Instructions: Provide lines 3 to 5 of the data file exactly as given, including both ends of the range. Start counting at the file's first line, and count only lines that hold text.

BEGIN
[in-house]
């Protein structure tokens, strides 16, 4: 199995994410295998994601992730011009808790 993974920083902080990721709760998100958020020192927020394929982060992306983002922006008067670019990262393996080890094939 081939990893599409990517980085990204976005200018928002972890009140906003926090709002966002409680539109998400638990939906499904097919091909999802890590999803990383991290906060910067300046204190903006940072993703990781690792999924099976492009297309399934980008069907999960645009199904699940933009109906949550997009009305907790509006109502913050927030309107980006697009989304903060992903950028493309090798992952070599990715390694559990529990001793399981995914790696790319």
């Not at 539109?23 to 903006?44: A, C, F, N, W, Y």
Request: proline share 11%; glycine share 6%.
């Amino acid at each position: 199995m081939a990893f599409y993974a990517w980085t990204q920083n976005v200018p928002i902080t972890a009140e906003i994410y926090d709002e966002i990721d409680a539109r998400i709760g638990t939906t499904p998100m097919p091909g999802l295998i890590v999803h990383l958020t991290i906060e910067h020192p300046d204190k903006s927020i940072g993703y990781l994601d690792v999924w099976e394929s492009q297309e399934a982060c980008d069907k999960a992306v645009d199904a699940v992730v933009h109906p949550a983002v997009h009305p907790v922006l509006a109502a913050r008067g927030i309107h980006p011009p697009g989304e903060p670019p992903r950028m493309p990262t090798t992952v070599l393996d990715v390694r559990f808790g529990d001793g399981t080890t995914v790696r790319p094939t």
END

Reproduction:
């Not at 539109?23 to 903006?44: A, C, F, N, W, Y």
Request: proline share 11%; glycine share 6%.
């Amino acid at each position: 199995m081939a990893f599409y993974a990517w980085t990204q920083n976005v200018p928002i902080t972890a009140e906003i994410y926090d709002e966002i990721d409680a539109r998400i709760g638990t939906t499904p998100m097919p091909g999802l295998i890590v999803h990383l958020t991290i906060e910067h020192p300046d204190k903006s927020i940072g993703y990781l994601d690792v999924w099976e394929s492009q297309e399934a982060c980008d069907k999960a992306v645009d199904a699940v992730v933009h109906p949550a983002v997009h009305p907790v922006l509006a109502a913050r008067g927030i309107h980006p011009p697009g989304e903060p670019p992903r950028m493309p990262t090798t992952v070599l393996d990715v390694r559990f808790g529990d001793g399981t080890t995914v790696r790319p094939t």